After attending several medical conferences and meetings on the subject, the first in Rome in 2009 and the most recent in Los Angeles in 2010, we can say that type 2 diabetes can be cured through surgery. By establishing parameters to ensure the best results, they are as follows:

Age: 30-65 years.

• Type 2 diabetes mellitus treated with oral antidiabetic medications.
• Diabetes mellitus type 2, insulin-dependent for less than seven years and difficult to control (HbA1c> 8.0%)
• Has had type 2 diabetes mellitus less than 10 years.
• Diabetic patients whose pancreas has sufficient endocrine reserves (C-peptide ≥ 1 ng/ml).
• Negative anti pancreatic and beta cell antibodies (ICA, IA-2, GAD 65 K).
• Patients with obesity (BMI> 30 kg/m2) associated with type 2 diabetes.

Given that together with diabetes, other diseases such as hypertension, cholesterol, triglycerides etc. can be cured, this type of surgery is called "metabolic surgery," which will be an evolving topic of interest in the coming years.


What is metabolic surgery?

In recent days, especially after the 16th International Conference of Surgery of Obesity and Metabolic Diseases, held in Hamburg, where we were recognized as a Center of Excellence, much has been written by the media about metabolic surgery.


But what is metabolic surgery and what does it consist of?

Metabolic surgery is a type of surgery that is intended to cure or ameliorate metabolic diseases that sooner or later will result in death or disability to those suffering from the diseases.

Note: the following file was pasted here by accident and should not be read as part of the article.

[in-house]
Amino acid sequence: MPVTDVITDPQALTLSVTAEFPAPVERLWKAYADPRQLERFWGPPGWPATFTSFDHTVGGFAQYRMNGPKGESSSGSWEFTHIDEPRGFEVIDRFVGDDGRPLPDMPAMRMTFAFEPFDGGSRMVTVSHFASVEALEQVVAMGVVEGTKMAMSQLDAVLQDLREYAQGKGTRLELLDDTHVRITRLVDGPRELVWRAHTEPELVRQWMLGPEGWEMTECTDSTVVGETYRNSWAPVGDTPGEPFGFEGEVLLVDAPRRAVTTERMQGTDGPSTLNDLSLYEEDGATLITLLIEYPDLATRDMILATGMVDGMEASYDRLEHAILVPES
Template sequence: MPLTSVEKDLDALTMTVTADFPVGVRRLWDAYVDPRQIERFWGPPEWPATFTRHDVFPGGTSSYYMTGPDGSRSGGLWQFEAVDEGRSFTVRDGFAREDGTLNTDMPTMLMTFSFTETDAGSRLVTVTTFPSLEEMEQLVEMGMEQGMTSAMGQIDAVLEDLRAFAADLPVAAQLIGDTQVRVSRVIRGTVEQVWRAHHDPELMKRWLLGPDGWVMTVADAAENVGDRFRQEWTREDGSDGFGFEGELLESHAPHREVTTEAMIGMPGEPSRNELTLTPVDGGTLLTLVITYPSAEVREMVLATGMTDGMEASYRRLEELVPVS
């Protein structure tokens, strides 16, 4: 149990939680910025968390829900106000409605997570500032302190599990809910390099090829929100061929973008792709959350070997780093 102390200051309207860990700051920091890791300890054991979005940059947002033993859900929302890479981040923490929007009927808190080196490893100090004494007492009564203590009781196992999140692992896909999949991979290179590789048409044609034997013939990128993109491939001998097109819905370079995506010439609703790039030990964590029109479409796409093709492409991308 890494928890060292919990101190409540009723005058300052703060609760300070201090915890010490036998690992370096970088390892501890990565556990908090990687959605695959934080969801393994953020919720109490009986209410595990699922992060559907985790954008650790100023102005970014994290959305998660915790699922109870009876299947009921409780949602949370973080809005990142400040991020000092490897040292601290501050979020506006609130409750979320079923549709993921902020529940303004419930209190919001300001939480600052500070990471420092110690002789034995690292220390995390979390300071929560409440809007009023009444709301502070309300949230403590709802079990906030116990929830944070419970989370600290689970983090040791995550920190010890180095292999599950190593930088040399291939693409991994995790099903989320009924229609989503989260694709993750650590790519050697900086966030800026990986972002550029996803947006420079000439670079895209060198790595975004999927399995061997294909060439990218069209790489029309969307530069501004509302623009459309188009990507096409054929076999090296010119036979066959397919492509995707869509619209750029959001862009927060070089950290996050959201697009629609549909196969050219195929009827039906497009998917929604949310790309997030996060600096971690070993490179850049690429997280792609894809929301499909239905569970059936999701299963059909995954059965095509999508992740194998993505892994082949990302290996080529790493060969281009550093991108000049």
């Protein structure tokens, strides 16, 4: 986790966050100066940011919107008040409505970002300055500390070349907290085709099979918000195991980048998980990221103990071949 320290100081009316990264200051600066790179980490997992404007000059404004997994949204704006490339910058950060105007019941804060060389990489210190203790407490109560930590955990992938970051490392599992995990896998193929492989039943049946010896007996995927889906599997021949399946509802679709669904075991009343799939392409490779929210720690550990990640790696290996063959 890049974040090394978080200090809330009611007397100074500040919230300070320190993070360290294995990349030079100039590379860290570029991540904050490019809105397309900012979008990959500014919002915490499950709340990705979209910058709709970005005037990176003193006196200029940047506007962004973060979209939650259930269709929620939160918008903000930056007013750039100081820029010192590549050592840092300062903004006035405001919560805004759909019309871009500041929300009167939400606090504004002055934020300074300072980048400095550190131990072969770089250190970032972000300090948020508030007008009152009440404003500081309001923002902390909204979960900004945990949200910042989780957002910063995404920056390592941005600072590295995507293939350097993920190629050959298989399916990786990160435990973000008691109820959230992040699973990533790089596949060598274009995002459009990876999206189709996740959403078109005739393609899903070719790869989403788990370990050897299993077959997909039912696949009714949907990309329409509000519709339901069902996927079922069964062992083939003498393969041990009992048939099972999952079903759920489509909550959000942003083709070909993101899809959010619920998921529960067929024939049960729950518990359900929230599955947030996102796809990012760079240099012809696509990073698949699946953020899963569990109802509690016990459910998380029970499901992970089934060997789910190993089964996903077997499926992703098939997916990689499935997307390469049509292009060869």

What are the diseases?

A long list of more or less serious, disabling diseases includes: diabetes, hypertension, high triglycerides and cholesterol, hepatitis or fatty liver etc.

These diseases may or may not be associated with obesity. To occur in non-obese patients and be treated through surgery is why it has been termed metabolic surgery, since it corrects the altered metabolism or mechanism of action (mecanismo de acción) that causes the disease.


What does metabolic surgery consist of?

It is performed on the part or parts of the digestive tract where certain hormones responsible for diseases like diabetes, hypertension, hypercholesterolemia etc. are produced.

Admittedly even today, knowing that they cure diabetes and metabolic diseases, many of the mechanisms of action escape our knowledge.


What results are obtained from this surgery?

Results depend on the metabolic disease being treated, the evolution of the disease, its severity, and the amount and strength of medication needed to control it.

For example, it is easy to understand that a patient will respond better to oral medication than insulin injections to control their diabetes.

But as we pointed out in our blog, recovery rates range from 75 percent at six months after surgery, up to 85 percent at two years, to 97 percent, which we spoke about during the 16th Conference of the IFSO (Hamburg, August 31-September 3, 2011).


Who benefits from metabolic surgery?

Type 2 diabetics, hypertensives, those who suffer from serious hypercholesterolemia, with or without complications (arteriopathy, heart attack etc.).


Who ought to have this surgery and where?

The Centers of Excellence in Bariatric and Metabolic Diseases garner significance for two reasons:

• They guarantee teams that are experts in this disease (surgeons, endocrinologists, etc.)
• The results are controlled by an international committee.

These are assurances for the patient undergoing this type of surgery.

In conclusion, it is recommended that a patient with type 2 diabetes consult a Center of Excellence to know whether his or her diabetes is treatable through surgery.